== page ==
A socioecological model of rape survivors' decisions to aid in case prosecution

Mary C. Anders, F. Scott Christopher

Research output: Contribution to journalArticlepeer-review

24 Scopus citations


The purpose of our study was to identify factors underlying rape survivors' post-assault prosecution decisions by testing a decision model that included the complex relations between the multiple social ecological systems within which rape survivors are embedded. We coded 440 police rape cases for characteristics of the assault and characteristics of the rape survivor congruent with rape mythology. In addition, support from friends/family members, social service providers, and police were assessed. Path analysis, using Structural Equation Modeling (SEM) that included a bias-corrected bootstrap resampling procedure, supported our model. As hypothesized, rape survivors' final decisions to aid in case prosecution were predicted by support from the three social ecologies: family/friends, social service providers, and police. Social service provider support, in turn, was predicted by assault characteristics congruent with rape mythology, whereas family/friend and police support were significantly predicted by the interaction between assault and survivor characteristics congruent with rape mythology. Our results show the value of applying a socioecological framework to help understand factors that influence rape survivors' prosecution decisions. Moreover, our results highlight the need to challenge commonly held views of "typical" rape survivors and the "typical" circumstances surrounding their assault.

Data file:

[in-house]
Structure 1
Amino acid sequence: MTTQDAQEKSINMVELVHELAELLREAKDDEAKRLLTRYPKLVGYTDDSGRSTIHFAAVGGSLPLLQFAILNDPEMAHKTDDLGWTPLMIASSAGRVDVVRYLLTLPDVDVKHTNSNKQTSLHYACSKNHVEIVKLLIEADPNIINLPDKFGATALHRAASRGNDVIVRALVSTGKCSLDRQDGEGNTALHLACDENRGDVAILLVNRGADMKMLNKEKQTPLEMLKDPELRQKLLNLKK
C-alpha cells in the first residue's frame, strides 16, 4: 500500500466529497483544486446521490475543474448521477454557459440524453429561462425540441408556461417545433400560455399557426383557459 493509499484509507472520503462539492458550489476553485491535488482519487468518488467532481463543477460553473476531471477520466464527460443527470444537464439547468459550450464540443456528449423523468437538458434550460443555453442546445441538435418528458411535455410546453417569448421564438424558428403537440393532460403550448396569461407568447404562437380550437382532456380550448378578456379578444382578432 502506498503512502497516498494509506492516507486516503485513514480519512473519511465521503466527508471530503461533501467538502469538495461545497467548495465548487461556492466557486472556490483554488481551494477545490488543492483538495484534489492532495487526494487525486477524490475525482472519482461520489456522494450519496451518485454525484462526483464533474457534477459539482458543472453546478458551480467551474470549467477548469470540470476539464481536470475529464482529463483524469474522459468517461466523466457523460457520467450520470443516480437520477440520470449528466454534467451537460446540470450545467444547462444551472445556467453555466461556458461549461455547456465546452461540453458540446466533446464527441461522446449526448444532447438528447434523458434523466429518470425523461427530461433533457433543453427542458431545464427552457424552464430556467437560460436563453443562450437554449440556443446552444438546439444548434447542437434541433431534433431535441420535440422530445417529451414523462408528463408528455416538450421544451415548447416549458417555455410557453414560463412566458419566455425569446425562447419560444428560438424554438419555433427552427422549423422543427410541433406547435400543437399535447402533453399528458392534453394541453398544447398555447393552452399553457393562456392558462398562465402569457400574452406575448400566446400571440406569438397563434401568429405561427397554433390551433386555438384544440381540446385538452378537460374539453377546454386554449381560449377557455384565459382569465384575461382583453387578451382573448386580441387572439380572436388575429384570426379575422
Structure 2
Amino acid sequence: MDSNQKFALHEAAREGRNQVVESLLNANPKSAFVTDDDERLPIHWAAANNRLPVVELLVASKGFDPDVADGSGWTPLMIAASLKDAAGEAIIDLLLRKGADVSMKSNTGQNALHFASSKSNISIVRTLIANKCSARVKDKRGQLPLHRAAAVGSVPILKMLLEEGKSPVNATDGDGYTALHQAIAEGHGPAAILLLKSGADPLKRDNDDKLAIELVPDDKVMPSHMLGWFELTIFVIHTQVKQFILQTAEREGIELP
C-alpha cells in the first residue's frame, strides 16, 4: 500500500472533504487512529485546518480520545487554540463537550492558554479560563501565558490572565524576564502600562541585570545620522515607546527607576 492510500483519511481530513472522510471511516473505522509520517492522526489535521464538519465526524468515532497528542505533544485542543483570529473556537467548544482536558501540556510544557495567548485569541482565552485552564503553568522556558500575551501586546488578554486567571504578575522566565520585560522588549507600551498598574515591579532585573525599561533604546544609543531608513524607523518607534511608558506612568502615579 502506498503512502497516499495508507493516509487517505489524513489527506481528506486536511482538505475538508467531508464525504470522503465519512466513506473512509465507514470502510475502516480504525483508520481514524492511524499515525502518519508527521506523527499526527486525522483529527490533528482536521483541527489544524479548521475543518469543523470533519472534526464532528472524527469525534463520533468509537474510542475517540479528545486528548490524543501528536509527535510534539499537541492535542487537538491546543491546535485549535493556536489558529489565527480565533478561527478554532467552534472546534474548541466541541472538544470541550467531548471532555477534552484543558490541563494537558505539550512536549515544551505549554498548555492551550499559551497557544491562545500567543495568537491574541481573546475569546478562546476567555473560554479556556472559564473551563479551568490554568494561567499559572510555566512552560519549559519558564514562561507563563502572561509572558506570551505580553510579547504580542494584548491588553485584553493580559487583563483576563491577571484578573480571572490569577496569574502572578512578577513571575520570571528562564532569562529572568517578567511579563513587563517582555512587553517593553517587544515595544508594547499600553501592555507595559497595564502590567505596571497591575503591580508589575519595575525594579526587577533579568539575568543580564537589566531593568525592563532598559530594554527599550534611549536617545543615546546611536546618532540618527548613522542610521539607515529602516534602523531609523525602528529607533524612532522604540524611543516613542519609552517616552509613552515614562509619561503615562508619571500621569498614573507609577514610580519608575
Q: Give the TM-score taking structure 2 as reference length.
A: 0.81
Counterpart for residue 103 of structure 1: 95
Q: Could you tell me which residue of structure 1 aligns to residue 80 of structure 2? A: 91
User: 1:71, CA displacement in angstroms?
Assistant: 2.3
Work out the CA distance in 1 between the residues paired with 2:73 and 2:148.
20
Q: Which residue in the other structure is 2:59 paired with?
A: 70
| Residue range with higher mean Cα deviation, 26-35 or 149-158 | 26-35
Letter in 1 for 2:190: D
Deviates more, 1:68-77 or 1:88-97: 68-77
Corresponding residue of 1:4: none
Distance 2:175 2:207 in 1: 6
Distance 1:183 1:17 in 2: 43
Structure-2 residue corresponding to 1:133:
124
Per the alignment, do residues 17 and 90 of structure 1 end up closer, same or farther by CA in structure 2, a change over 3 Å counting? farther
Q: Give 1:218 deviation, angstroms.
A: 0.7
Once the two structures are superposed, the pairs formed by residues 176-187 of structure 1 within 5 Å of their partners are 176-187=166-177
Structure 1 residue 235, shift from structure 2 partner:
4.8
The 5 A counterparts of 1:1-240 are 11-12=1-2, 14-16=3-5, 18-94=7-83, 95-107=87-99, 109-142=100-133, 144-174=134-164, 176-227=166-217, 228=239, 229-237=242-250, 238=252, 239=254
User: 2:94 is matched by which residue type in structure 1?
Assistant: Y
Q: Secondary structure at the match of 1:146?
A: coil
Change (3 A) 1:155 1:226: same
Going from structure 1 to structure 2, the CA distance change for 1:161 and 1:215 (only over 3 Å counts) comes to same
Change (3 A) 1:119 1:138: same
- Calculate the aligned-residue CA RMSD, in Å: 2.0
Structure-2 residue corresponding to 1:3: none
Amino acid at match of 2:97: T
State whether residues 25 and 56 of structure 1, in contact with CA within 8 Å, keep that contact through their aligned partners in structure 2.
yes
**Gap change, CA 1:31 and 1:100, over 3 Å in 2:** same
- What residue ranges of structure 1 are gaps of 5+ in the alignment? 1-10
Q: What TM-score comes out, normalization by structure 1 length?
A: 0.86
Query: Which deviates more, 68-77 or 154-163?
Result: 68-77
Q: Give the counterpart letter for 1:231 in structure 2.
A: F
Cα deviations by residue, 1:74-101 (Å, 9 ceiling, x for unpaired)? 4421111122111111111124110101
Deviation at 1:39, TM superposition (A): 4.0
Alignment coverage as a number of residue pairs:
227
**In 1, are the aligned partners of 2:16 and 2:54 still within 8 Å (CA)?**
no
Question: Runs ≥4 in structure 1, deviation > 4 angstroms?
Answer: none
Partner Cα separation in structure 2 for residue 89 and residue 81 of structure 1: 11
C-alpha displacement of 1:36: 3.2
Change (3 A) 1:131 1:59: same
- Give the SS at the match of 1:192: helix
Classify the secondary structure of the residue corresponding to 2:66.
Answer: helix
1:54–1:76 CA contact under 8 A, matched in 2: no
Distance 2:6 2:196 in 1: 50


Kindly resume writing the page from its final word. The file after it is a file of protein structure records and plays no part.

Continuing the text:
Original languageEnglish (US)
Pages (from-to)92-106
Number of pages15
JournalPsychology of Women Quarterly
Issue number1
StatePublished - Mar 2010


  • Case prosecution
  • Criminal justice
  • Law enforcement
  • Rape
  • Sexual assault
  • Social support
  • Stereotyped attitudes
  • Victimization

ASJC Scopus subject areas

  • Gender Studies
  • Developmental and Educational Psychology
  • Arts and Humanities (miscellaneous)
  • General Psychology


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